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Grey Sedge

Carex divulsa

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Plant Profile

Flowering Months:
Cyperaceae (Sedge)
Also in this family:
American Galingale, Birdsfoot Sedge, Black Alpine Sedge, Black Bog-rush, Bladder Sedge, Bog Sedge, Bottle Sedge, Bristle Club-rush, Bristle Sedge, Broad-leaved Cotton-grass, Brown Beak-sedge, Brown Bog-rush, Chestnut Rush, Close-headed Alpine Sedge, Club Sedge, Common Club-rush, Common Cotton-grass, Common Sedge, Common Spike-rush, Curved Sedge, Deergrass, Dioecious Sedge, Distant Sedge, Divided Sedge, Dotted Sedge, Downy-fruited Sedge, Dwarf Sedge, Dwarf Spike-rush, Estuarine Sedge, False Fox Sedge, False Sedge, Few-flowered Sedge, Few-flowered Spike-rush, Fibrous Tussock Sedge, Fingered Sedge, Flat Sedge, Flea Sedge, Floating Club-rush, Gingerbread Sedge, Glaucous Sedge, Great Fen Sedge, Greater Pond Sedge, Greater Tussock Sedge, Green-ribbed Sedge, Grey Club-rush, Hair Sedge, Hairy Sedge, Haresfoot Sedge, Hare's-tail Cotton-grass, Heath Sedge, Hop Sedge, Large Yellow Sedge, Lesser Pond Sedge, Lesser Tussock Sedge, Long-bracted Sedge, Many-stalked Spike-rush, Mountain Bog Sedge, Needle Spike-rush, Northern Deergrass, Northern Spike-rush, Oval Sedge, Pale Sedge, Pendulous Sedge, Perennial Sedge, Pill Sedge, Prickly Sedge, Remote Sedge, Rock Sedge, Round-headed Club-rush, Russet Sedge, Salt Sedge, Sand Sedge, Scorched Alpine Sedge, Sea Club-rush, Sheathed Sedge, Slender Club-rush, Slender Cotton-grass, Slender Sedge, Slender Spike-rush, Slender Tufted Sedge, Smooth-stalked Sedge, Soft-leaved Sedge, Spiked Sedge, Spring Sedge, Star Sedge, Starved Wood Sedge, Stiff Sedge, String Sedge, Sweet Galingale, Tall Bog Sedge, Tawny Sedge, Thin-spiked Wood Sedge, Triangular Club-rush, True Fox Sedge, Tufted Sedge, Water Sedge, White Beak-sedge, White Sedge, Wood Club-rush, Wood Sedge, Yellow Sedge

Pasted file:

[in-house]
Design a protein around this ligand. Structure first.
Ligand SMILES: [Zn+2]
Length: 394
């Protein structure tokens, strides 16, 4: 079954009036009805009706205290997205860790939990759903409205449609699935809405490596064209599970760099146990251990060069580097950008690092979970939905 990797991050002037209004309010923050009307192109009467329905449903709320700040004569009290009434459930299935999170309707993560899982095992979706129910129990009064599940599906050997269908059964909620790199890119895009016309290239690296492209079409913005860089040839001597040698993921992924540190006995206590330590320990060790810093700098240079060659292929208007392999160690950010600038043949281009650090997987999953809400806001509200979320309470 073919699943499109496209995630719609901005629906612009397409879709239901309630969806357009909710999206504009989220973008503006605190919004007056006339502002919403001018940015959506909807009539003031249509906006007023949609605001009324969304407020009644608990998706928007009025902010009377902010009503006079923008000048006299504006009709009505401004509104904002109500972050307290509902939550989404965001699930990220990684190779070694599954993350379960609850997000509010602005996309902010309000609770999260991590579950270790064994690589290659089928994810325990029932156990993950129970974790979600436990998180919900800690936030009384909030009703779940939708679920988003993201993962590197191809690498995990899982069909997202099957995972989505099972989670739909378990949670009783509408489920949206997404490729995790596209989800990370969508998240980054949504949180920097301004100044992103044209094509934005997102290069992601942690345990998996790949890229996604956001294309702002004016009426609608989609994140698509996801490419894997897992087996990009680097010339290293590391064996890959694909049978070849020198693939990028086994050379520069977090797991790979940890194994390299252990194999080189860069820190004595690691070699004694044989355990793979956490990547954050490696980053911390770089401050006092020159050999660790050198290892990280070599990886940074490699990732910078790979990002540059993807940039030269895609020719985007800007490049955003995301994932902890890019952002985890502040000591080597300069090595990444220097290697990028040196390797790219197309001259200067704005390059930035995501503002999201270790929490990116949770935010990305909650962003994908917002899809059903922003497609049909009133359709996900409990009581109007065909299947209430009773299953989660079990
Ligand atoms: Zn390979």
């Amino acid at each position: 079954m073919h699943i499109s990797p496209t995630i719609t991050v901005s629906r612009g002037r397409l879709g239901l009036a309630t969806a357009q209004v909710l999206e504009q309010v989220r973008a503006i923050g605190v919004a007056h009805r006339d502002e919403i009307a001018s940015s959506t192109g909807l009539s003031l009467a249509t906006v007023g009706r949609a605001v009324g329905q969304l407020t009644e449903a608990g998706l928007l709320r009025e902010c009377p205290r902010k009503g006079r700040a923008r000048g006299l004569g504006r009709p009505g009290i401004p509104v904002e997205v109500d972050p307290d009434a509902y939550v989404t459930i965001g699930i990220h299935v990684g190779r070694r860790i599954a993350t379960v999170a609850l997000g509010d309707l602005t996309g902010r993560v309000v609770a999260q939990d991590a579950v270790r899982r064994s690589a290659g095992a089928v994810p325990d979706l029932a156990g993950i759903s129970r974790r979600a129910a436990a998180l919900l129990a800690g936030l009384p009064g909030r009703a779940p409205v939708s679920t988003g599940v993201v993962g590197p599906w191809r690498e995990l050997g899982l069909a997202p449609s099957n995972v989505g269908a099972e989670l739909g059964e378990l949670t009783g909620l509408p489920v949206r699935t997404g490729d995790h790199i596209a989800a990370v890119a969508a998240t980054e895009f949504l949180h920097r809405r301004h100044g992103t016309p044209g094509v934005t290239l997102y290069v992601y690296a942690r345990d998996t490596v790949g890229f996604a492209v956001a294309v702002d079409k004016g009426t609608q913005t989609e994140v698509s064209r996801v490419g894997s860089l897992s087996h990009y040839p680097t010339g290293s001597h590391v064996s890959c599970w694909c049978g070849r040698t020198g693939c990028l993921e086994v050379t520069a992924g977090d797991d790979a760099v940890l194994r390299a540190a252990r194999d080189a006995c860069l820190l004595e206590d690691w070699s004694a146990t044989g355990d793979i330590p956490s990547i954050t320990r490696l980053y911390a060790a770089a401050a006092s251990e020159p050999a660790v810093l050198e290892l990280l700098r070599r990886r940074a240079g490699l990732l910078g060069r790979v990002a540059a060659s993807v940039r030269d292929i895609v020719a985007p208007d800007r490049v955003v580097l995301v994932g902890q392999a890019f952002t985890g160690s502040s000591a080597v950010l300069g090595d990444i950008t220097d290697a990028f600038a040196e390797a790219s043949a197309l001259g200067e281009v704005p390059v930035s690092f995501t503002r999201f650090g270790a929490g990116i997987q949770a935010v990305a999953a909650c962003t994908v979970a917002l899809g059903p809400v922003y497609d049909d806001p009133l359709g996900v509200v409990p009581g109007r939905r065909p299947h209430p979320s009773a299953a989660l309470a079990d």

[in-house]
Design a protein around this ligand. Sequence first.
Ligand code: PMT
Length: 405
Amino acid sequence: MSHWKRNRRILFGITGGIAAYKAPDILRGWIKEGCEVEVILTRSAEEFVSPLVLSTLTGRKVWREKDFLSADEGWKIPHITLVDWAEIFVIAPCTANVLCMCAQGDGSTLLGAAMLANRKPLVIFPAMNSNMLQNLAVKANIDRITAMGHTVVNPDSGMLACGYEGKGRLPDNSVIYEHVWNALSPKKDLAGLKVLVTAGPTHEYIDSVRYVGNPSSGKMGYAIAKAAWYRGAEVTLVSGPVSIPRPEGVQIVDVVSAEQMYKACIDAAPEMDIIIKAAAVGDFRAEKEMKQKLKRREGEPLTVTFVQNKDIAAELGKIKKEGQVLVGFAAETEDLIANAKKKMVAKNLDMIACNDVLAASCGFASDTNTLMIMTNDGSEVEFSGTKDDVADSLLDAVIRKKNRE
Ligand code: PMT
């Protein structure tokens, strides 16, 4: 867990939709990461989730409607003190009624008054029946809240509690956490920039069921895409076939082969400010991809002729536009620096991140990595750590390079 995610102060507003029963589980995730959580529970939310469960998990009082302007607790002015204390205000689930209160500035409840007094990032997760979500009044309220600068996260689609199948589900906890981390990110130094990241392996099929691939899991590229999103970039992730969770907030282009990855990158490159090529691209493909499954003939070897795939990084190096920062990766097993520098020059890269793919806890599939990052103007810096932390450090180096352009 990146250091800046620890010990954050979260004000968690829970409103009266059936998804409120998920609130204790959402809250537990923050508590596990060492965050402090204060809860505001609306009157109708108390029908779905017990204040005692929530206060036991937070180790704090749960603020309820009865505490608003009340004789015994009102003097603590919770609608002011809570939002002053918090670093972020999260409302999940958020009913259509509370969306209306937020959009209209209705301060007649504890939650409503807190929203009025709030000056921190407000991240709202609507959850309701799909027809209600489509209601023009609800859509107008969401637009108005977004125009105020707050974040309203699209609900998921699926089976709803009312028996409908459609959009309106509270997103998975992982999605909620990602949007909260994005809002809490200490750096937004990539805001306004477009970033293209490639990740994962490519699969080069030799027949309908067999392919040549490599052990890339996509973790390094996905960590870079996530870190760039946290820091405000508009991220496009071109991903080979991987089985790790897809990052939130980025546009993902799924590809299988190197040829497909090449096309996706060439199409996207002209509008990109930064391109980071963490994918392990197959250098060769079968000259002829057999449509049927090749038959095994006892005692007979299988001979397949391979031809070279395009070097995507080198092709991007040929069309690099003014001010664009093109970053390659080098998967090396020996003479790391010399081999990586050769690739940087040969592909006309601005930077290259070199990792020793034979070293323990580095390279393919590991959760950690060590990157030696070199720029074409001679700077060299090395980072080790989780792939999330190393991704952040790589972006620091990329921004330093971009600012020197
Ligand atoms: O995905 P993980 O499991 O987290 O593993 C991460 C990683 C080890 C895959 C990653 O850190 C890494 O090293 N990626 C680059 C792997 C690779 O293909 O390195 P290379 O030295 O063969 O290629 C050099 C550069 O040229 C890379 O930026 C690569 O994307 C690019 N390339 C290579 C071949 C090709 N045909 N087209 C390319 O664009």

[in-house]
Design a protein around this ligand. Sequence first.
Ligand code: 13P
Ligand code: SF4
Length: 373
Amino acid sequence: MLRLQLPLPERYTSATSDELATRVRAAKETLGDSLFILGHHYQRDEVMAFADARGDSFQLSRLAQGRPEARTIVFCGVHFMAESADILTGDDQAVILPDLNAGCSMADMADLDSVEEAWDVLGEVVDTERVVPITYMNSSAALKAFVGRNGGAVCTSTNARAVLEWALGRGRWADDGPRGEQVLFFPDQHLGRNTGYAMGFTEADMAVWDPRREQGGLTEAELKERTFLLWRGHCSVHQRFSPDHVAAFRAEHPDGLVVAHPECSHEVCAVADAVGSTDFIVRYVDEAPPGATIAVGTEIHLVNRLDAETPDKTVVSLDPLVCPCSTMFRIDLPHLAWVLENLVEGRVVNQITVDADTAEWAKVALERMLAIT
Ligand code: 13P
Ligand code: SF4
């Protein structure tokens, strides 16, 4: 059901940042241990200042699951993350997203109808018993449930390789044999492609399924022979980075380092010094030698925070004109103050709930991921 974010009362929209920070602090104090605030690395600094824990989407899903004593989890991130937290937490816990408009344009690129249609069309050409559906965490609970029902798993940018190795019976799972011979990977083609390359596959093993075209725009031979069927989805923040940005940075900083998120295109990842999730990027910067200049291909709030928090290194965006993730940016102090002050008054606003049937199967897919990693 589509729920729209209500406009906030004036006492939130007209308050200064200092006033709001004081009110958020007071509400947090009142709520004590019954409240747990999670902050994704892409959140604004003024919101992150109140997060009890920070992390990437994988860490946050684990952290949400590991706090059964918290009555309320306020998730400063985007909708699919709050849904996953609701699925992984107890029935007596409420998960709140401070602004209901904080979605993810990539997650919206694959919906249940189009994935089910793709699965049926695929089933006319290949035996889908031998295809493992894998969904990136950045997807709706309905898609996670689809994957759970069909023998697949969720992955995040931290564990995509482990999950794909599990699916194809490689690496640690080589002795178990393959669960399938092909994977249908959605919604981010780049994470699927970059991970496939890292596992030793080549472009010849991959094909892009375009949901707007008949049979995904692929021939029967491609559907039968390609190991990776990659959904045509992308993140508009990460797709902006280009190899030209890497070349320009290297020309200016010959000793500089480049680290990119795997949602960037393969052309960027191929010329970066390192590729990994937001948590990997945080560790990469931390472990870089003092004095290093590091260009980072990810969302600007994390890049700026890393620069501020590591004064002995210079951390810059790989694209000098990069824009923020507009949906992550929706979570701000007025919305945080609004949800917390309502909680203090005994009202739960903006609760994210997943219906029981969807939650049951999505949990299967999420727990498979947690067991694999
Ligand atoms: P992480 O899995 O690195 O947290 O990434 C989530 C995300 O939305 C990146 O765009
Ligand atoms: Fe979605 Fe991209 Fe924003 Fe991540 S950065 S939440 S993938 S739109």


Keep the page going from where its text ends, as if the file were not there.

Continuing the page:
Life Cycle:
Maximum Size:
1 metre tall
Gardens, grassland, hedgerows, roadsides, scrub, wetland, woodland.

Brown, no petals
Spikes of green or brown flowers, widely scattered along the stem. Fairly short bracts.
Dark reddish-brown erect fruit capsules, abruptly narrowed towards the beak.
A tufted perennial with greyish-green strap-shaped leaves. The leaves have broad, blunt ligules. The stems are triangular in cross-section.
Other Names:
Berkeley Sedge, European Meadow Sedge, Grassland Sedge, Gray Sedge.
Frequency (UK):
Occasionally seen  

Similar Species

Other Information


Carex divulsa, also known as the Berkeley sedge, is a species of sedge native to western North America. It is found in a variety of habitats, including wetland, grassland, and chaparral, and typically grows to be around 30-100 cm tall. The leaves are narrow and the flowers are small, inconspicuous and arranged in spikes. It is a hardy, drought tolerant plant and is tolerant of a wide range of soil types. It is used in landscaping and erosion control, and has been used for revegetation projects. It is also used to feed grazing animals.